This Poem is a Nest

This book is the best!

My oh my–what a treat to get an early peek at Irene Latham’s new book, This Poem is a Nest! Are you a fan of found poems? Of nature poems? Of clever puzzles? Of delicious language? Of Irene Latham’s poetry? I can answer yes, yes, yes, yes, and yes. But even if you have fewer yeses than me, you will enjoy this delightful book.

The book opens with “Nest,” a poem celebrating a robin’s nest during all four seasons. Then Irene uses her “Nest” poem as the spark for 161 little “nestlings.” Each nestling poem is woven from words of the original “Nest,” and all of the source poem’s words find their way into at least one nestling. As I read the nestlings I found myself returning to the opening poem, searching for the source of their words. These small poems reveal the richness of the language of the original, giving a reader new appreciation as they read and reread. The nestling poems cover a wide variety of topics (much greater than you might imagine possible from a single seasonal poem!) and invite the reader to invent new poems of their own.

The best way to get a feel for the wonderful language and images in this book is to read some poems. Here’s the opening stanza of the spring section of “Nest.”

Spring

This poem has twigs in it, and little bits of feather-fluff.
It’s got wings and birdsong stitched together with ribbons of hope.
Safe in its crook, it’s a cradle that sways across day and dark.

Each season overflows with new sights and sounds. Seagrass sky and glittery web of summer turn to crispcool autumn and finally frost-kissed winter.

Then the Nestlings commence, with playful poems that mark the time of day:

Bedtime

you drop
down
in moonsong—
ask sky:
got dreams?

Calendar poems celebrate each month:

October

sky shipwrecked,
oak like
a wild dream

Other sections include poems about colors, animals, people, wordplay, and places on all seven continents and beyond. Here’s a favorite animal poem:

Portrait of Papa Emperor Penguin
with Egg

feet stitched
together,
both anchor
    and dream

Whimsical illustrations by Johanna Wright accompany some of the poems:

The final section of nestling poems offers advice for the young (and old!) poet. This one made me smile:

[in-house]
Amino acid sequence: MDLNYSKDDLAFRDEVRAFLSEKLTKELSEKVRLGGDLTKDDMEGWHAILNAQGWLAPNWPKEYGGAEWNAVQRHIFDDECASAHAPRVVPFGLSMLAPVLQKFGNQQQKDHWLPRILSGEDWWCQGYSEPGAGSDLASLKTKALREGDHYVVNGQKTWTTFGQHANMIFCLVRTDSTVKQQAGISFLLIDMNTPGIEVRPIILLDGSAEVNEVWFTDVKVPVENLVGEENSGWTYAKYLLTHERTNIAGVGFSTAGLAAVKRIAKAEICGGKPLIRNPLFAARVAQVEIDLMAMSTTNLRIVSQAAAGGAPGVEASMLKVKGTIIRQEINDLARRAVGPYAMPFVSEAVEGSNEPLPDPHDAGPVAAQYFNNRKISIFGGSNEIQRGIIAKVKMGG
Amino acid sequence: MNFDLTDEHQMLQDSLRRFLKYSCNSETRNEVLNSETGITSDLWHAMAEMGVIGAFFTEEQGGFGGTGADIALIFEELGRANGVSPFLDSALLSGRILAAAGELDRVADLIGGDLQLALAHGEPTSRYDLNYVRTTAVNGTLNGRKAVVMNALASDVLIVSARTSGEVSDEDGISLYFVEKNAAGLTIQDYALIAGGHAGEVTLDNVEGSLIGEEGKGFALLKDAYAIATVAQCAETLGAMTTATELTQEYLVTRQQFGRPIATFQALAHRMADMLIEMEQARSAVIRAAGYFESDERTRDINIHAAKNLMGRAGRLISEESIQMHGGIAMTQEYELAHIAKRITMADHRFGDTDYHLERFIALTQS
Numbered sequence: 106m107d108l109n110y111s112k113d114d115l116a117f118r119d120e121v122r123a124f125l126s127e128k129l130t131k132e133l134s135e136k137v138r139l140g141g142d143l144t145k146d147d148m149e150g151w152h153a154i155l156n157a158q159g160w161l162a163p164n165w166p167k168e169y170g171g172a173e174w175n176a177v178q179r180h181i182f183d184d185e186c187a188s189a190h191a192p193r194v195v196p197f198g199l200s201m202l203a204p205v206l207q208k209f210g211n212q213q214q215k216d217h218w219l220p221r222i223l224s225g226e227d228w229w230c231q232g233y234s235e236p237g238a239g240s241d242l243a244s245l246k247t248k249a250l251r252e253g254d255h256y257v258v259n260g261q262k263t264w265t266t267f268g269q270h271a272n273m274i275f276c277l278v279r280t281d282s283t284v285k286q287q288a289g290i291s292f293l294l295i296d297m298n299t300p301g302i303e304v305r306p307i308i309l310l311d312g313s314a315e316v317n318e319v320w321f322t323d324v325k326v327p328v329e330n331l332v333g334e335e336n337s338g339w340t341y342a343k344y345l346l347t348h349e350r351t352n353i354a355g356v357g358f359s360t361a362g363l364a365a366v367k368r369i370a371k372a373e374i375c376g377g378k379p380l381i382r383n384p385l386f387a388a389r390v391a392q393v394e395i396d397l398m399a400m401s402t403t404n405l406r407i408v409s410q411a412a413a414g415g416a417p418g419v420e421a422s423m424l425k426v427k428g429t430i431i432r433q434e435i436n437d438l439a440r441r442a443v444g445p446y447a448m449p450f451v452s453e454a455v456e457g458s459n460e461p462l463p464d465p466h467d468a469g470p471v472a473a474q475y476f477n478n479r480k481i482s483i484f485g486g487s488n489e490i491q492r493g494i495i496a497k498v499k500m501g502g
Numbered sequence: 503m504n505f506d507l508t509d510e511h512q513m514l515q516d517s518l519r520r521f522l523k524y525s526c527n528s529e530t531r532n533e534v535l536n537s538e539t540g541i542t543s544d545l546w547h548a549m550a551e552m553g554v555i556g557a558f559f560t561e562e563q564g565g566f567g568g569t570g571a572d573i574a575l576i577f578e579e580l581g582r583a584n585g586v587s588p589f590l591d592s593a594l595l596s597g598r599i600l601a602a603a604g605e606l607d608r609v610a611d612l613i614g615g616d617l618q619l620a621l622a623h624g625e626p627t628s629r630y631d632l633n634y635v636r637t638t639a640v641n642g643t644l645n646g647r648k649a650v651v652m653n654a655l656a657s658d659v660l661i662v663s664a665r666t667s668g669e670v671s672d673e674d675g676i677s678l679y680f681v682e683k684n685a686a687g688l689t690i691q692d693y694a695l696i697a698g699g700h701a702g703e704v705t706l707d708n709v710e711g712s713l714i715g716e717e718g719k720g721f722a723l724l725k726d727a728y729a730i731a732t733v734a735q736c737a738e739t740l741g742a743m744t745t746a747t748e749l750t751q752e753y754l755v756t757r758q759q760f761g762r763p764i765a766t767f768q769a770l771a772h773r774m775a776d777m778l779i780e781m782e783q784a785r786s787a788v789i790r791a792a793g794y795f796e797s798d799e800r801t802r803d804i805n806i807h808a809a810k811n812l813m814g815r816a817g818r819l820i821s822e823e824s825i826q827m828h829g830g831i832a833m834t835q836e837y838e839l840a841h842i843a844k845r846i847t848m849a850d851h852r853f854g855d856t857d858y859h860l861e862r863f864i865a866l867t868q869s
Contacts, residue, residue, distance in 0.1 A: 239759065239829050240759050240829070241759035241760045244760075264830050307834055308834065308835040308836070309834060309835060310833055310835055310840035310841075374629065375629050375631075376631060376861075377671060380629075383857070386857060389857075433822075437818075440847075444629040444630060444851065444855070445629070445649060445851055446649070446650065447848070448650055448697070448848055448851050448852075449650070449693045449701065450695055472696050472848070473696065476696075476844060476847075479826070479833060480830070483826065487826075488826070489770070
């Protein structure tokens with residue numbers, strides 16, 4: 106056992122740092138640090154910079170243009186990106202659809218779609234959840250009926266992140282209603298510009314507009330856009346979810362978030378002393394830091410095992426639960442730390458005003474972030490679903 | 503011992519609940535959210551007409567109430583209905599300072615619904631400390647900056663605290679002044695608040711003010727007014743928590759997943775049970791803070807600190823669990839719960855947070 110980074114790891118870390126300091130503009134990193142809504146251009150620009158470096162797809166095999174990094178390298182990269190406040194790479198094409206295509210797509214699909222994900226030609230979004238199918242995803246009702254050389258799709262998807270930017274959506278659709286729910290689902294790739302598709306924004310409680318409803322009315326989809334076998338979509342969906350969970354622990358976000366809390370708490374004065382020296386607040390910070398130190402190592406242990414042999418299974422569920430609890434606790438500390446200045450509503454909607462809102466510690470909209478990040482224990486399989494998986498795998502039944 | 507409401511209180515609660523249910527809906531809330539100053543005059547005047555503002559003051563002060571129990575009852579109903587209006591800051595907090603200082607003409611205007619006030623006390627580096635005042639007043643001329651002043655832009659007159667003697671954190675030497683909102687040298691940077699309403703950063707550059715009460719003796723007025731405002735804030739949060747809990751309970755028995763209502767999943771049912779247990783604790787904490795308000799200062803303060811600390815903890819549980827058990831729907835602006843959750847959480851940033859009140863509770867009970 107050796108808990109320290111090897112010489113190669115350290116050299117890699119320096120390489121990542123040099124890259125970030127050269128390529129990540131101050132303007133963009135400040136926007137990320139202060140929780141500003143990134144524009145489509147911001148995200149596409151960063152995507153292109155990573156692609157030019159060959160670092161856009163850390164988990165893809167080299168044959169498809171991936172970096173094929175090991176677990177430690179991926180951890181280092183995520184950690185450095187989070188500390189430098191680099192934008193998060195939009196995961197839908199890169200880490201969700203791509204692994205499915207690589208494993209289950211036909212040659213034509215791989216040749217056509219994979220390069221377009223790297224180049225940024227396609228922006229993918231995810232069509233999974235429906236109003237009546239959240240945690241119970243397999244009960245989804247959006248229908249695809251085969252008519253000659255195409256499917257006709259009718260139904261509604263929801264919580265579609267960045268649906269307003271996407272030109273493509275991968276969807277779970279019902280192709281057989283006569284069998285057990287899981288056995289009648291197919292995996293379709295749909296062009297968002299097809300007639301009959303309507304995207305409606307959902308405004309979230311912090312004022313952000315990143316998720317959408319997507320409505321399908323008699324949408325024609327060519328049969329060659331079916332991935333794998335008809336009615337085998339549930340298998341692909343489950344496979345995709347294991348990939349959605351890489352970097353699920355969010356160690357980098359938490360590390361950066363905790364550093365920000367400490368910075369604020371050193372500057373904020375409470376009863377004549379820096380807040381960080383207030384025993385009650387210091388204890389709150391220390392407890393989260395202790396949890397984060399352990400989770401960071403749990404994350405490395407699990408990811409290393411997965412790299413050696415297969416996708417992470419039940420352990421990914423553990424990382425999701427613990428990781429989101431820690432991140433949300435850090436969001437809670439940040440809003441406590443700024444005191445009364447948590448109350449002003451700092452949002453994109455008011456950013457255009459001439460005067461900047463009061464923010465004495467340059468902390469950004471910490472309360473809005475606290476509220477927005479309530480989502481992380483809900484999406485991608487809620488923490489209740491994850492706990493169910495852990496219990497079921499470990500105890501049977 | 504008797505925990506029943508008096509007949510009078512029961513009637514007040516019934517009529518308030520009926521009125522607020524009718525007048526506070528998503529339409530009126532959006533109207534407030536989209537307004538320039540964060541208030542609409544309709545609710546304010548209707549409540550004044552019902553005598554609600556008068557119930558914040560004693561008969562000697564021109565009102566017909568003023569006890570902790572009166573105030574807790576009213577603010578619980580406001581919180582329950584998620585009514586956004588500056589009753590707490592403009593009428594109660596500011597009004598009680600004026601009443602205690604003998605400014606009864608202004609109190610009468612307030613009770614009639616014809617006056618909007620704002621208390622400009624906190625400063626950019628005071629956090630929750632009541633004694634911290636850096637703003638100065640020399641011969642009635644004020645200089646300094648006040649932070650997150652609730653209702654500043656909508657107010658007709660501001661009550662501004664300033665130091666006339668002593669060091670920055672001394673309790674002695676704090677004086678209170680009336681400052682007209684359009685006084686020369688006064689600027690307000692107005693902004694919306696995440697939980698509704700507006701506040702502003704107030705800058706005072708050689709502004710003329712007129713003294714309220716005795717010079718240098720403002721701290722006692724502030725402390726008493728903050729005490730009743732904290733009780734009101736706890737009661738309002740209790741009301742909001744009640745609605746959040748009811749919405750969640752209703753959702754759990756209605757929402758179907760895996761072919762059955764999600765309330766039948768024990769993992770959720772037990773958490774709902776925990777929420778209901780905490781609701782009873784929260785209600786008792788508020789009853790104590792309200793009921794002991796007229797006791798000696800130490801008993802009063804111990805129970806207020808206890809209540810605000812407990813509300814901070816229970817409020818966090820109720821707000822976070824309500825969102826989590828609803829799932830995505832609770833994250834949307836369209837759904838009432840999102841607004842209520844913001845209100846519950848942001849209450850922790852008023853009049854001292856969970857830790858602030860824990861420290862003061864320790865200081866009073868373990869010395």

First Poem-Draft 

ink squeaks 
with hope

The book ends with tips for finding your own poems. I could imagine a classroom or zoom-room of young writers, searching through “Nest” and creating their own nestlings. So many wonderful words and paths to choose! I could not resist playing:

Seasons of Hope

Hope
   sways a 
      lullaby

snug gemstones
   become
      fluttery stars

a home 
   turns to
      frostkissed why

hope in its harbor
   me--you
      inside
          --Buffy Silverman, with words from This Poem is a Nest

I hope I’ve enticed you to check out This Poem is a Nest when it releases at the end of the month. And while you’re waiting, head over to Whispers from the Ridge where Kiesha hosts this week’s Poetry Friday Roundup, and offers two exquisite poems by Paul Laurence Dunbar.

18 thoughts on “This Poem is a Nest

  1. Thanks to you and Linda, I can’t wait to read Irene’s book. With such exquisite words from Nest, who can go wrong in drafting their own poem? Yours is beautiful.

  2. Oh Buffy, thank you for this peek. We saw some of this at Highlights last fall and I couldn’t wait. My copy has been on pre-order for a long time!! Congratulations, Irene. Truly brilliant and gorgeous work. I will savor and try this idea as Buffy did in her poem. You have created such a lovely form idea here. I can see this growing more and more thanks to the creative poets who are writing these days. I wish I had had the wealth of books in my classroom I now have in my personal collection. Someone is going to be the beneficiary of incredible books some day (my grandkids will have first dibs and often I get two copies of ones I just can’t part with) since I simply can’t resist. I can’t wait for Nest to arrive! Congratulations on an incredible work, Irene. So very happy for all of the amazing success and work you are doing and have been doing for so long. Janet Clare F.

  3. Dear Buffy – THANK YOU! I am in love with your poem, esp. the “frostkissed why” Beautiful! So grateful for you sharing about this book, which means so much to me. Mwah!

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